The increase in childhood obesity in recent years has led to dramatic health concerns.
What if it could also lead to infertility later in life?
New research shows that childhood obesity can disrupt puberty onset and decrease the ability to reproduce, especially in women.
Ohio State University Assistant Professor Patrick Chappell, an author of a study on obesity and fertility published in Frontiers in Endocrinology, says, “The issue of so many humans being obese is very recent in evolutionary terms, and since nutritional status is important to reproduction, metabolic syndromes caused by obesity may profoundly affect reproductive capacity."
The trend of increasing obesity is related to another recent trend: the general acceleration of puberty, especially in girls.
In girls, this “precocious puberty” is defined as beginning before age 8. A 2010 review of 100 studies showed that overweight girls generally reach puberty before their peers.
So, what does a girl’s pubertal onset age have to do with having a baby down the road? Well, the effects of early puberty are numerous and long-term; reproductive cancers, adult-onset diabetes, and metabolic syndrome are but are few that seriously reduce reproductive ability. Early puberty can also disrupt the secretion of hormones necessary for reproduction and circadian clocks, which govern sleep cycles.
Hormone Secretion and Obesity:
The secretion of hormones by the endocrine system regulates body functions, such as metabolism, pubertal development, and reproduction. The liver, pancreas and other endocrine glands release hormones including testosterone, insulin, and kisspeptin—a neurohormone important for reproduction. When there is too much fat in the body, endocrine signals from the fat to the brain may disturb the normal release of hormones.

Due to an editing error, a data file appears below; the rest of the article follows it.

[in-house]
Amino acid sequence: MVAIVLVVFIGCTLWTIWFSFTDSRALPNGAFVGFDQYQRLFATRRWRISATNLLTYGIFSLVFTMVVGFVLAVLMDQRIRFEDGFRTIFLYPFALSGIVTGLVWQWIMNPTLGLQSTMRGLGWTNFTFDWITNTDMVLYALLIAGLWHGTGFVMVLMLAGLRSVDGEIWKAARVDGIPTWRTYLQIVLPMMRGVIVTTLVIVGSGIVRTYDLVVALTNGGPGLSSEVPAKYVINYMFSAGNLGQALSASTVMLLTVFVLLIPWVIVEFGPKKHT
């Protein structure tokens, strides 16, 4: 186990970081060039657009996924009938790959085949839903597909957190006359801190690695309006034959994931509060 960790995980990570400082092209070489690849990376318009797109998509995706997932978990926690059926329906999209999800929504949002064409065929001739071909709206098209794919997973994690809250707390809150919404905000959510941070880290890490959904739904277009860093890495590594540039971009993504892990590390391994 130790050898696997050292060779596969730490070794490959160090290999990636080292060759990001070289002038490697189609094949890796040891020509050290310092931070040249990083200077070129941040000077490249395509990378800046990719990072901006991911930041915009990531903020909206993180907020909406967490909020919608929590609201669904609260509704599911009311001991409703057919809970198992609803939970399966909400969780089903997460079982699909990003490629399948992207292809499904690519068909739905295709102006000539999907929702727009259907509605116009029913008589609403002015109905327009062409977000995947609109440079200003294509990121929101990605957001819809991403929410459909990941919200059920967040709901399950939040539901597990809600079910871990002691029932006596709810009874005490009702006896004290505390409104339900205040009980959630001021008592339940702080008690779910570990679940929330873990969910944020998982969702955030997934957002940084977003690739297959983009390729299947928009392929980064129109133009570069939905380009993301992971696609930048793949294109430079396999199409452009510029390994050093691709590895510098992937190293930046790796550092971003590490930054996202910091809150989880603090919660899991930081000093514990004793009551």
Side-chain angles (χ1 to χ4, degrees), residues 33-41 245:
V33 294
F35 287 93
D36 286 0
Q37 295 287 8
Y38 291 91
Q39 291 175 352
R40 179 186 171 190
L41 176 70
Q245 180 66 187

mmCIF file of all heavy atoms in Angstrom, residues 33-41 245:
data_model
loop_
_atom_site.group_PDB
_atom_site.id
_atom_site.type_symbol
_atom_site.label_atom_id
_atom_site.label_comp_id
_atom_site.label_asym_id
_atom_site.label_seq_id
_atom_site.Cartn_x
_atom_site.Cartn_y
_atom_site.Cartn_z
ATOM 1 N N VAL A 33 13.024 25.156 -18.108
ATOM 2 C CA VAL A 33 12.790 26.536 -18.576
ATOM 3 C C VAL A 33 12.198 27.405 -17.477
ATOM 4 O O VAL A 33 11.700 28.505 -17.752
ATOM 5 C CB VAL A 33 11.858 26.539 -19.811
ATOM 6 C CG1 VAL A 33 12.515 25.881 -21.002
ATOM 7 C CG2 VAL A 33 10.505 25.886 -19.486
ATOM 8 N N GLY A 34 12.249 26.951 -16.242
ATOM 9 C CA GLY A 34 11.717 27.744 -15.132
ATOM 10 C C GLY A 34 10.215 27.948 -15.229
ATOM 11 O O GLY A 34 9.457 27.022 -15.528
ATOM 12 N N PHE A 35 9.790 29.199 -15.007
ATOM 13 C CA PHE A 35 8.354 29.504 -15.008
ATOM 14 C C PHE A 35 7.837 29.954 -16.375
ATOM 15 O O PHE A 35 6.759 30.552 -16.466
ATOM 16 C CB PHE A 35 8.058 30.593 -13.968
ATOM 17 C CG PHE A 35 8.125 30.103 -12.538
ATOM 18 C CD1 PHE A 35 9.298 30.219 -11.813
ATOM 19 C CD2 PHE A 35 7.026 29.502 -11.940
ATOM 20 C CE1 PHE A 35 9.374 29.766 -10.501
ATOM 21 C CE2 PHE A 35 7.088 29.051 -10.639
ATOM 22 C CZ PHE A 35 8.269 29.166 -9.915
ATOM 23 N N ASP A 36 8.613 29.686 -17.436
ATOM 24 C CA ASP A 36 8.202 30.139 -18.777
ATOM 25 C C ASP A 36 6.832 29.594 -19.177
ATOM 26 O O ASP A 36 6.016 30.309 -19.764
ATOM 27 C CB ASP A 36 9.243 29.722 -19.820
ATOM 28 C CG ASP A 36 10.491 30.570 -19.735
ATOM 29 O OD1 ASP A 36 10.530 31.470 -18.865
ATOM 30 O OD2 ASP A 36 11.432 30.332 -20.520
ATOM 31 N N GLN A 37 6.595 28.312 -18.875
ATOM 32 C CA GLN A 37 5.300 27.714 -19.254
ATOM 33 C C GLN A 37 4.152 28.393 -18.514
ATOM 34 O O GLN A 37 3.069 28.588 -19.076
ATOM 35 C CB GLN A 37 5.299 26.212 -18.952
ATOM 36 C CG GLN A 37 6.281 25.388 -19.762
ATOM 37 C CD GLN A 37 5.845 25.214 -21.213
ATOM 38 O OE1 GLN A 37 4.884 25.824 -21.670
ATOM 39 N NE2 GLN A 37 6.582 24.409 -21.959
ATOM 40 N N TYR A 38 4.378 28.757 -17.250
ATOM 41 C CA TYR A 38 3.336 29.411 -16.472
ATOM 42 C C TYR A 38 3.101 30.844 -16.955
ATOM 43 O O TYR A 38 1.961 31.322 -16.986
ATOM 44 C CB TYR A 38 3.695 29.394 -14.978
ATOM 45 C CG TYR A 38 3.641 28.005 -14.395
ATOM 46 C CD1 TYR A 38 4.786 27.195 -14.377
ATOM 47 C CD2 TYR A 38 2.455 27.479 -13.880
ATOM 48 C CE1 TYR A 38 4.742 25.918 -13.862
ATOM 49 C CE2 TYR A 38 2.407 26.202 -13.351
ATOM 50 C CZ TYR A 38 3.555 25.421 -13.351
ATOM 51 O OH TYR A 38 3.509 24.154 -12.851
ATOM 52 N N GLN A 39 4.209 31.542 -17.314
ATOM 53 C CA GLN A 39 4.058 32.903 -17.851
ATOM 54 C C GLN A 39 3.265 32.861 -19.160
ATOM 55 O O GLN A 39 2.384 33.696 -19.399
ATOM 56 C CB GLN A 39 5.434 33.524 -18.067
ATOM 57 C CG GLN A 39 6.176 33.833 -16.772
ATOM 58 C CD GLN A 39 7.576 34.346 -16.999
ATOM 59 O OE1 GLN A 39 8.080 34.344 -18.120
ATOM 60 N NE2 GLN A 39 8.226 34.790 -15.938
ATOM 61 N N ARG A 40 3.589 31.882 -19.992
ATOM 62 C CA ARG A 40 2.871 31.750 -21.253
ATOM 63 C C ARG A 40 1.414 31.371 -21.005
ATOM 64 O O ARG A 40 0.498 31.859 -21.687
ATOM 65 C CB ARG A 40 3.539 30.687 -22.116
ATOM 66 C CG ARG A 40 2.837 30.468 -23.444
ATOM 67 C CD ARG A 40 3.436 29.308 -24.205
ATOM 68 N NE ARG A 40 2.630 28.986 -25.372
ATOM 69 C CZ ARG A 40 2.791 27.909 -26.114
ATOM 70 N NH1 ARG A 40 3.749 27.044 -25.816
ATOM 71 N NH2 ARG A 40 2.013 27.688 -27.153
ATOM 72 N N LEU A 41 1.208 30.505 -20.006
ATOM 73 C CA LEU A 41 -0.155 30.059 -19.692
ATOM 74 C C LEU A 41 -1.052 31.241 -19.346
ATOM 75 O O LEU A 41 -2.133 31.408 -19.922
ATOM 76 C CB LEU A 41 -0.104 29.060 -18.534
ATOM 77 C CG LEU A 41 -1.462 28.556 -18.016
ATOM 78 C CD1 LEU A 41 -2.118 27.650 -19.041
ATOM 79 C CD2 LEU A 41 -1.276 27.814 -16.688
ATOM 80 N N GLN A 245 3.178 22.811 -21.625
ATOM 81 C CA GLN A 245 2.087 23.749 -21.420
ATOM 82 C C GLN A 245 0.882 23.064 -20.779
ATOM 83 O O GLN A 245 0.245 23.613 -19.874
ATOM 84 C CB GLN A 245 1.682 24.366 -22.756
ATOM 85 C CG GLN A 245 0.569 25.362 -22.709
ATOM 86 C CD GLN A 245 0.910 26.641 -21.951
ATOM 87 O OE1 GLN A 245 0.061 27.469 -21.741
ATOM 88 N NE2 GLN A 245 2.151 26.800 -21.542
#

Chappell of Ohio University also believes that disrupted circadian clocks may be another link between obesity and infertility. “Disruption of the clock through diet can even feed into a further disruption of normal metabolism, making the damage worse, as well as affecting sleep and reproduction," says Chappell. Circadian clocks reflect natural day and night rhythms and a disruption to these clocks can disturb the secretion of hormones, having a domino effect on metabolism, pubertal onset and reproduction. The metabolic syndrome polycystic ovarian syndrome (PCOS) is caused by obesity and can greatly impact fertility.
Throughout the ages, mammals have decreased their fertility in times of starvation. Anorexic women often experience a lack of ovulation (anovulation) and menstruation (amenorrhea) until they regain weight. Until now, however, it was not thought that the other end of the spectrum—being overweight—could have similar detrimental effects on reproduction. If the reproductive trigger is not properly set at the time of a girl’s first menstruation, then anovulation can become a lifelong problem.
Obesity is a serious problem both for adults and children. Dr. Robert Matteri, director of Oregon Reprodive Medicine says, “Other direct side effects of obesity include diminished pregnancy rates and increased miscarriage rates compared to normal weight women.” Increased risk of adult onset diabetes, linked to early puberty and obesity, may also result in increased miscarriage rates and the risk of birth defects.
For those struggling with female infertility, there are answers. Egg donation from a suitable donor or in vitro fertilization (IVF)--when an egg is fertilized by sperm outside the body, are some options that a fertility specialist can explain to you.
The Final Word:
Is obesity behind difficulties conceiving? It could certainly be a factor, and it clearly poses health risks in both children and adults. To learn more about obesity and fertility, contact a fertility specialist near you.Sources
The information on this site is not a substitute for diagnosis or treatment from a licensed medical practitioner. If you are experiencing a serious medical condition call your local emergency services or your doctor.